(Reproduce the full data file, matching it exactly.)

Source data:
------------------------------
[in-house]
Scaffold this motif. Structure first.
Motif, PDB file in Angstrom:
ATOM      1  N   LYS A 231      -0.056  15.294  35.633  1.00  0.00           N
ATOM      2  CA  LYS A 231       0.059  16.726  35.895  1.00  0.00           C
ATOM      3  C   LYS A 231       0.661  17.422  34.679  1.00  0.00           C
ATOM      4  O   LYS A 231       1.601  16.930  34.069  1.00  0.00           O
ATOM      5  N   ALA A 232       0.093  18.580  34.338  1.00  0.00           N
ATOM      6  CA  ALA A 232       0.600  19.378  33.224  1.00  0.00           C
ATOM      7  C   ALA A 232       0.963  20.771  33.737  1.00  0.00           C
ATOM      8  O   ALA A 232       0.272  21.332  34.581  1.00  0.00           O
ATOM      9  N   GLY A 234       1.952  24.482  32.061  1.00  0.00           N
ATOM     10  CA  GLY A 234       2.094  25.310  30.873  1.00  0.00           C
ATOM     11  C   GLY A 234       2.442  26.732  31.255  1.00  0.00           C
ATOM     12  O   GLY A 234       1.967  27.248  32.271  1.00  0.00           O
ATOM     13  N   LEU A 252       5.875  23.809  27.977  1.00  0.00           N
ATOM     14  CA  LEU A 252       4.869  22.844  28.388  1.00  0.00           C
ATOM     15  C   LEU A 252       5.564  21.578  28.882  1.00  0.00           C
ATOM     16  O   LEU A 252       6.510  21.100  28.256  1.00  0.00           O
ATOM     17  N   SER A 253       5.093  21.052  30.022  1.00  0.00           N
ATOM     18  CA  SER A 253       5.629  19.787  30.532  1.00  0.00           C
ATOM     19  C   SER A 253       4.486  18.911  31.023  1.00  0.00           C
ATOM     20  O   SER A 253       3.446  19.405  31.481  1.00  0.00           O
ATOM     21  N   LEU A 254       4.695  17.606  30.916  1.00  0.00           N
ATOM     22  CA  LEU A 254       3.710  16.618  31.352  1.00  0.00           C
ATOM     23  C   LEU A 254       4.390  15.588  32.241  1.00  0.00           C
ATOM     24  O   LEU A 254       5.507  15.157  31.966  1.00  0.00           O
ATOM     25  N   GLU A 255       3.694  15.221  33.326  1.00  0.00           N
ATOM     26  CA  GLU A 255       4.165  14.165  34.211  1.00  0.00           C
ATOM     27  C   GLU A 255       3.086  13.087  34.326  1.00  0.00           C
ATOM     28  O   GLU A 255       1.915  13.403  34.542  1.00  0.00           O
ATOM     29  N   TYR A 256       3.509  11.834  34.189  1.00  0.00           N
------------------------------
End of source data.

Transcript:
[in-house]
Scaffold this motif. Structure first.
Motif, PDB file in Angstrom:
ATOM      1  N   LYS A 231      -0.056  15.294  35.633  1.00  0.00           N
ATOM      2  CA  LYS A 231       0.059  16.726  35.895  1.00  0.00           C
ATOM      3  C   LYS A 231       0.661  17.422  34.679  1.00  0.00           C
ATOM      4  O   LYS A 231       1.601  16.930  34.069  1.00  0.00           O
ATOM      5  N   ALA A 232       0.093  18.580  34.338  1.00  0.00           N
ATOM      6  CA  ALA A 232       0.600  19.378  33.224  1.00  0.00           C
ATOM      7  C   ALA A 232       0.963  20.771  33.737  1.00  0.00           C
ATOM      8  O   ALA A 232       0.272  21.332  34.581  1.00  0.00           O
ATOM      9  N   GLY A 234       1.952  24.482  32.061  1.00  0.00           N
ATOM     10  CA  GLY A 234       2.094  25.310  30.873  1.00  0.00           C
ATOM     11  C   GLY A 234       2.442  26.732  31.255  1.00  0.00           C
ATOM     12  O   GLY A 234       1.967  27.248  32.271  1.00  0.00           O
ATOM     13  N   LEU A 252       5.875  23.809  27.977  1.00  0.00           N
ATOM     14  CA  LEU A 252       4.869  22.844  28.388  1.00  0.00           C
ATOM     15  C   LEU A 252       5.564  21.578  28.882  1.00  0.00           C
ATOM     16  O   LEU A 252       6.510  21.100  28.256  1.00  0.00           O
ATOM     17  N   SER A 253       5.093  21.052  30.022  1.00  0.00           N
ATOM     18  CA  SER A 253       5.629  19.787  30.532  1.00  0.00           C
ATOM     19  C   SER A 253       4.486  18.911  31.023  1.00  0.00           C
ATOM     20  O   SER A 253       3.446  19.405  31.481  1.00  0.00           O
ATOM     21  N   LEU A 254       4.695  17.606  30.916  1.00  0.00           N
ATOM     22  CA  LEU A 254       3.710  16.618  31.352  1.00  0.00           C
ATOM     23  C   LEU A 254       4.390  15.588  32.241  1.00  0.00           C
ATOM     24  O   LEU A 254       5.507  15.157  31.966  1.00  0.00           O
ATOM     25  N   GLU A 255       3.694  15.221  33.326  1.00  0.00           N
ATOM     26  CA  GLU A 255       4.165  14.165  34.211  1.00  0.00           C
ATOM     27  C   GLU A 255       3.086  13.087  34.326  1.00  0.00           C
ATOM     28  O   GLU A 255       1.915  13.403  34.542  1.00  0.00           O
ATOM     29  N   TYR A 256       3.509  11.834  34.189  1.00  0.00           N